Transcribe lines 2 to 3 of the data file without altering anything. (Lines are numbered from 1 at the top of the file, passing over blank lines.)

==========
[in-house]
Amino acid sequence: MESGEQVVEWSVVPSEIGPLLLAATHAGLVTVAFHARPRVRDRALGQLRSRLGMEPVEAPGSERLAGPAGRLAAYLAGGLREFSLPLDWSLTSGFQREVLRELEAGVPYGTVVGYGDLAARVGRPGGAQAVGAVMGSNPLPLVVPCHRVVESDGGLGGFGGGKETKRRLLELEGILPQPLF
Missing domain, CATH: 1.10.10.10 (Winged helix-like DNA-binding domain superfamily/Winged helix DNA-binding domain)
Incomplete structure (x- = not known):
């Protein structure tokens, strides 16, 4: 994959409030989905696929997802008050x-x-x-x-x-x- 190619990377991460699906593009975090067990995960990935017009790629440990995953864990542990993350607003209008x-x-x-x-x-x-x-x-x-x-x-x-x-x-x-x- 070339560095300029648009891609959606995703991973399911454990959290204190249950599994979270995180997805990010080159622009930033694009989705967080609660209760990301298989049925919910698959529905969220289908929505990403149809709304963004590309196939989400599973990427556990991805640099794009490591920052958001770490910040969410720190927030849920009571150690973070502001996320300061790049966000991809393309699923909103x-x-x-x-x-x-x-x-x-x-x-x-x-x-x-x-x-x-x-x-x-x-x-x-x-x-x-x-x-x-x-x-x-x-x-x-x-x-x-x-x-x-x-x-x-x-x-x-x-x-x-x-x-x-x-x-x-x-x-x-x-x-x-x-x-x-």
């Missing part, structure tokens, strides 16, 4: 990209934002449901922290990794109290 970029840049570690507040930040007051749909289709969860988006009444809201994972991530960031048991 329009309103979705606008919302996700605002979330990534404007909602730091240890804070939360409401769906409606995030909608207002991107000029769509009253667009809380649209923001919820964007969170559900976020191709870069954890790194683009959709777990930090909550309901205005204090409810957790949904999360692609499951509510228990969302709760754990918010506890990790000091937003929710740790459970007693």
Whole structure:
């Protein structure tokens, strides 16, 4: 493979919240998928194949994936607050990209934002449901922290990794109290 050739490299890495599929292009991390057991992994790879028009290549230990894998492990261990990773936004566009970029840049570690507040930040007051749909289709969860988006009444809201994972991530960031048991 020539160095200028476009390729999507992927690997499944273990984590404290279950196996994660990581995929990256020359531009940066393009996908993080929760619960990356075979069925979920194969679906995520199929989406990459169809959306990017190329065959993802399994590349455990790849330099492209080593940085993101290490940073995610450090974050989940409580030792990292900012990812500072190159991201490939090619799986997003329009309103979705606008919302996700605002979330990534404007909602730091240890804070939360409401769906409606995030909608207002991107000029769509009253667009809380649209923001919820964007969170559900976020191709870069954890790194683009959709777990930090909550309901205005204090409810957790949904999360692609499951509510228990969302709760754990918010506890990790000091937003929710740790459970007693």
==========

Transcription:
Amino acid sequence: MESGEQVVEWSVVPSEIGPLLLAATHAGLVTVAFHARPRVRDRALGQLRSRLGMEPVEAPGSERLAGPAGRLAAYLAGGLREFSLPLDWSLTSGFQREVLRELEAGVPYGTVVGYGDLAARVGRPGGAQAVGAVMGSNPLPLVVPCHRVVESDGGLGGFGGGKETKRRLLELEGILPQPLF
Missing domain, CATH: 1.10.10.10 (Winged helix-like DNA-binding domain superfamily/Winged helix DNA-binding domain)